More important, however, is her claim that I'm somehow a political reactionary myself for giving Francis Fukuyama's America at the Crossroads a positive review. Now the full text of my review clearly states that what I appreciate about this book is the candor and intelligence with which Fukuyama critiques the problem of George W. Bush's war-mongering and interventionist attempt to "spread democracy" the world over. It's Fukuyama's contention that the philosophical roots of neoconservative thinking insist strongly against such interventionism. (And so unlike other Amazon.com reviewers who seem to think Fukuyama is defecting from neoconservative principles, I actually point out that he's lambasting Bush for not holding true to them.) My review clearly states that I disagree with philosophical neoconservativism but that I appreciate the critique of Bush Fukuyama is able to mount in its name. Fukuyama's is a well-reasoned argument, in my estimation, and one way, out of many, of trying to work through the implications of Bush's disastrous, pig-headed foreign policy.
If there's anything I'm guilty of, at least based on my review, it's the belief that the project of democratic reform must first take root in the actual communities supposedly in need of democratic reform. This is the belief, over and against interventionism, of the need to buffer civil society with strong institutions and shared power structures. It's a belief shared by conservative realists, liberal socialists, and NGOs alike. Now it may not be the "utopian" post-power structure that many of my colleagues in graduate school advocate for, but it is, in my opinion, a real, viable alternative to the pressing issue of U.S. imperialism acting under the guise of "spreading democracy." Where I differ radically from Fukuyama, then, is in how "institution-building" as such is conceived: I reject neoconservative principles and support Western European-style socialism, where civil society is strengthened by the state not letting market capitalism run roughshod over the interests of the people, especially the poor and working classes.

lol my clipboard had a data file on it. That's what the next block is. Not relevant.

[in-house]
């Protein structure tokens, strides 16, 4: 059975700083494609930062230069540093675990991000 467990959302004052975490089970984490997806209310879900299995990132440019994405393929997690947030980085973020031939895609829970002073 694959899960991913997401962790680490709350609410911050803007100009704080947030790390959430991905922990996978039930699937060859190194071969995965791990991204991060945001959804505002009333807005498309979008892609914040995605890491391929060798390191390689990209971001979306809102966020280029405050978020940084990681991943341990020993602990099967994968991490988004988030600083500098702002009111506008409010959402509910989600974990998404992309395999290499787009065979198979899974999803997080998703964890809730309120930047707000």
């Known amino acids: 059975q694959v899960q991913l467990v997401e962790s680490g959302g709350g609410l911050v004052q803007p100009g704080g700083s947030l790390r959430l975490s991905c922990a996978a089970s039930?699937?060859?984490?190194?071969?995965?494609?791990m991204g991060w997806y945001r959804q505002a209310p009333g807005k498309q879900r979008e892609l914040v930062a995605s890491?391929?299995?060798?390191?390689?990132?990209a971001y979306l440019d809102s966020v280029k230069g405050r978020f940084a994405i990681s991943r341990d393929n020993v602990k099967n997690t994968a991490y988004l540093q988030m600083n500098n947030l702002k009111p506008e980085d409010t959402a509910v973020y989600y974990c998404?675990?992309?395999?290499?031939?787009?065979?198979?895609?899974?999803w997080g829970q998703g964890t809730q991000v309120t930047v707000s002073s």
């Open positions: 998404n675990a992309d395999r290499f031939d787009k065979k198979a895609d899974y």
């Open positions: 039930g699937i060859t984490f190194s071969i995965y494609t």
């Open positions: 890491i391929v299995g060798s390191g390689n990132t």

Of course I doubt my critic actually read my review: it seems she only compared my star ratings among books (especially Herman Grey's, for whatever reason) and made up her mind that I belonged in a "neocon think tank." As for her claim that my review "line[s] [Fukuyama's] pockets with money," I would simply point out to her that if one were to live life divesting from supposedly reactionary causes and businesses, we'd have to give up most, if not all, of the commodities and amenities that infuse modern society. It's not just Fox News and Wendy's I'm talking about here. I also hear the Coors family is rather conservative (that's an understatement, by the way), and who really knows what Whole Foods is up to these days (for the record, I like Whole Foods)? (On Whole Foods and this ideology of "organicism" in our supermarkets, see Michael Pollan's widely celebrated The Omnivore's Dilemma.)
In the end, I'm quite happy to have provoked a response from my critic. I doubt she'll ever want to hear what I have to say here, but then again critical debate in general is somewhat lacking on the Internet, owing to the medium's immediacy and tendency to evoke knee-jerk, defensive responses. Perhaps we'd do better speaking in person.
As for my future as an Amazon.com reviewer, I'll carry on just as I have carried on: making critical points, saying what I liked and disliked, reviewing books both popular and obscure, "academic" and mainstream, and always being wary that I'm writing for an audience.
The one thing I will refuse is heeding to some sort of ideological litmus test, of which my critic and many of my professional colleagues are equally guilty. For my critic, I'm not liberal or progressive enough. For some of my colleagues, I'm not radical or "utopian" enough. My task as a reviewer is not to meet any ideological standard that demands an "enough." It is simply to be this: insistently and self-reflexively critical.
Media, culture, and politics from an aesthetic-materialist's perspective.